Saturday's struggle made a sad statement about the Illini hoops program. The attendance at the United Center (5,151) was bad. The on-court display was worse. Illinois needed a late push to beat a team that is statistically one of the worst in the country. UIC came into the game at No. 331 of 351 D-1 teams in the KenPom rankings. They were coming off a trio of losses to Drake, DePaul and UCF by an average margin of 26 points. But the Illini once again couldn't help themselves from looking like a mess against a woeful team from the Windy City. Earlier this season, the Orange Blue needed a buzzer-beater by Jalen Coleman-Lands to take down Chicago State, who is actually ranked lower than UIC. These are teams that DePaul beat by 20-plus. That doesn't help the recruiting perception in Chicago, or anywhere else for that matter. The state of the Illini program has created doubters by the handful, and even more apathy on top of that. The sad hope for the Illini is that most people had better things to do on Saturday afternoon than pay attention.
"A win is a win" doesn't suffice. When you survive by four point against Yale, you can take that as a good sign. Even though fans of a Big Ten program don't want to believe that an Ivy League school can compete with them athletically, the facts show that Yale has a solid basketball team. They competed with Duke and lost by just two against SMU - two top-20 teams in the AP rankings. But doing the same thing against UIC doesn't pass the test. Ultimately, the Illini got the win and went above .500 for the first time this season. However, John Groce even admitted that the win doesn't mask the stench. Illinois has often looked like a team in disarray, which makes sense given some key injuries. But that excuse only carries so much weight. It's bad timing for the program to reach these depths after missing the NCAA tournament the two previous seasons and having an inevitable change in power in the athletic department on its way.
Illini defense makes bad teams look good. The frustrations continue to mount at the defensive end. UIC came into the game as last in the country in effective field goal percentage. But against the Illini, they shot 60 percent from three and 47.6 percent from the field. UIC shot over 55 percent in the second half, as the Flames outscored Illinois 49-42. No other D-1 opponent allowed UIC to shot above 40 percent from the field. Saturday was just another example in a trend of bad defense against bad teams. The Illini allowed Chicago State and Western Carolina to hit 11 threes apiece. Like UIC, Chicago State scored 79 points against the Illini. The Cougars have scored more than 65 points just once in the five games since then. Opponents seem to play with a high level of confidence against the Orange and Blue. That is a product of the Illini giving up some easy buckets and not setting the tone from the outset. The Illini continue to leave guys wide open on the perimeter, and their interior defense is suspect with Michael Finke and Maverick Morgan on the inside. They have given up 32 points in the paint in each of the last two games.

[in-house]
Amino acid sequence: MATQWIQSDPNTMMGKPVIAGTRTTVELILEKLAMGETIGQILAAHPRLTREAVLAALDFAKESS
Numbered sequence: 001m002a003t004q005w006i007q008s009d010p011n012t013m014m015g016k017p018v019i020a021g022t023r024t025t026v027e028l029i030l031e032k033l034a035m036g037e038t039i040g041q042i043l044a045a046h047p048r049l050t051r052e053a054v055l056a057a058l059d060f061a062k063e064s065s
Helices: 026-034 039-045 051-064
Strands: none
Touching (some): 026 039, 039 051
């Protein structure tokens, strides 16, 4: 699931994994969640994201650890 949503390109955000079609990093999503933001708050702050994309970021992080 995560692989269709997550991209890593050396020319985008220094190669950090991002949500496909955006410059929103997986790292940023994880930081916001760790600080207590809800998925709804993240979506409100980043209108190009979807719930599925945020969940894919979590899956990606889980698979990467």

Coleman-Lands and Finke were bright spots offensively. It's hard to draw positives from an ugly game like that, but the Illini got good outings from a pair of freshmen. Coleman-Lands regained his smooth stroke by going 4-of-6 from three for 15 points. Finke was good early on, as he scored all 14 of his points in the first half. The Illini also saw Khalid Lewis post eight points and eight assists. Malcolm Hill led all scorers with 22 points, and he got to the free throw line 14 times - including 12 times in the second half. The Illini did some good things offensively for the most part, but it comes with very little satisfaction given the opponent and the ongoing problems. It's not all defense, either. Illinois has had killing stretches, and they had one in the second half that saw them go more than six minutes without a bucket. In that span, a 10-point lead for the Illini turned into a lead for UIC.
The rocky road will only get rockier. The feeling around the Illini basketball program isn't the same as you'd typically associate with a three-game winning streak. But that has a lot to do what awaits this team if they don't see big changes. If it wasn't apparent before, there is no such thing as a guaranteed win on the Illini schedule. They will be picked to win their next two games against South Dakota and Missouri, but that won't have fans feeling at ease. South Dakota won in double OT at Minnesota, and anything could happen in the rivalry game against Mizzou - as much as that idea disgusts Orange and Blue fans. On top of that, the Illini are only currently favored to win in five Big Ten games, per the KenPom projections. Be ready to brace yourself. The first 11 games has been fair warning.